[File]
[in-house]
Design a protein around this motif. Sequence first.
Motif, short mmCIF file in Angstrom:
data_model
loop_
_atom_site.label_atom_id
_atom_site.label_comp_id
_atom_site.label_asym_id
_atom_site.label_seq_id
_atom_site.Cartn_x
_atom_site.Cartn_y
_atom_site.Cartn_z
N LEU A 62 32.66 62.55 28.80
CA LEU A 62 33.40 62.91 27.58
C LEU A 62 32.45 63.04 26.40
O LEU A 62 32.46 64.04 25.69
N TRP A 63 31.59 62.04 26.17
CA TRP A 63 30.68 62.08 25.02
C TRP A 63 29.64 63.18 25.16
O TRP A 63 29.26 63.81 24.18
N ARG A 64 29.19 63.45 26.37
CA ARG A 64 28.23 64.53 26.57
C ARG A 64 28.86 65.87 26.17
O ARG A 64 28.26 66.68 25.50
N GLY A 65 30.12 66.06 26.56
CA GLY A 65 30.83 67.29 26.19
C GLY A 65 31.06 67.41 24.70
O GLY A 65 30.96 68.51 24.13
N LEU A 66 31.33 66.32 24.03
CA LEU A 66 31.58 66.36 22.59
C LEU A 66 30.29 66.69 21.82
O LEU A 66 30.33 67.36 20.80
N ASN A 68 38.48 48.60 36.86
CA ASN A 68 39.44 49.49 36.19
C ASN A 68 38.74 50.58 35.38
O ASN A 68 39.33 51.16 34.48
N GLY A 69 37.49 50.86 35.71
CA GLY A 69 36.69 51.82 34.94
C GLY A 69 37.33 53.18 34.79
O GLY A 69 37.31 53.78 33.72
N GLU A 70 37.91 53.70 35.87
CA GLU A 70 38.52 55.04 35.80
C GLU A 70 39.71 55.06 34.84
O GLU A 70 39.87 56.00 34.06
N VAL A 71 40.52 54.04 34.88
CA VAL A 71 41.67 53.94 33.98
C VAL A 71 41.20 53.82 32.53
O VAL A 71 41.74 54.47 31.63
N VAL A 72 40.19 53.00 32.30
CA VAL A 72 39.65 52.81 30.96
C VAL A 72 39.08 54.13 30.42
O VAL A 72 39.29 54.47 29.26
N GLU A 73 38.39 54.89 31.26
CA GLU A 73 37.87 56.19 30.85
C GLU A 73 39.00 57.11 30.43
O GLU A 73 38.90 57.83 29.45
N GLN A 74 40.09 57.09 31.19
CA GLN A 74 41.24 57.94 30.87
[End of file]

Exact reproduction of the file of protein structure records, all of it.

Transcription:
[in-house]
Design a protein around this motif. Sequence first.
Motif, short mmCIF file in Angstrom:
data_model
loop_
_atom_site.label_atom_id
_atom_site.label_comp_id
_atom_site.label_asym_id
_atom_site.label_seq_id
_atom_site.Cartn_x
_atom_site.Cartn_y
_atom_site.Cartn_z
N LEU A 62 32.66 62.55 28.80
CA LEU A 62 33.40 62.91 27.58
C LEU A 62 32.45 63.04 26.40
O LEU A 62 32.46 64.04 25.69
N TRP A 63 31.59 62.04 26.17
CA TRP A 63 30.68 62.08 25.02
C TRP A 63 29.64 63.18 25.16
O TRP A 63 29.26 63.81 24.18
N ARG A 64 29.19 63.45 26.37
CA ARG A 64 28.23 64.53 26.57
C ARG A 64 28.86 65.87 26.17
O ARG A 64 28.26 66.68 25.50
N GLY A 65 30.12 66.06 26.56
CA GLY A 65 30.83 67.29 26.19
C GLY A 65 31.06 67.41 24.70
O GLY A 65 30.96 68.51 24.13
N LEU A 66 31.33 66.32 24.03
CA LEU A 66 31.58 66.36 22.59
C LEU A 66 30.29 66.69 21.82
O LEU A 66 30.33 67.36 20.80
N ASN A 68 38.48 48.60 36.86
CA ASN A 68 39.44 49.49 36.19
C ASN A 68 38.74 50.58 35.38
O ASN A 68 39.33 51.16 34.48
N GLY A 69 37.49 50.86 35.71
CA GLY A 69 36.69 51.82 34.94
C GLY A 69 37.33 53.18 34.79
O GLY A 69 37.31 53.78 33.72
N GLU A 70 37.91 53.70 35.87
CA GLU A 70 38.52 55.04 35.80
C GLU A 70 39.71 55.06 34.84
O GLU A 70 39.87 56.00 34.06
N VAL A 71 40.52 54.04 34.88
CA VAL A 71 41.67 53.94 33.98
C VAL A 71 41.20 53.82 32.53
O VAL A 71 41.74 54.47 31.63
N VAL A 72 40.19 53.00 32.30
CA VAL A 72 39.65 52.81 30.96
C VAL A 72 39.08 54.13 30.42
O VAL A 72 39.29 54.47 29.26
N GLU A 73 38.39 54.89 31.26
CA GLU A 73 37.87 56.19 30.85
C GLU A 73 39.00 57.11 30.43
O GLU A 73 38.90 57.83 29.45
N GLN A 74 40.09 57.09 31.19
CA GLN A 74 41.24 57.94 30.87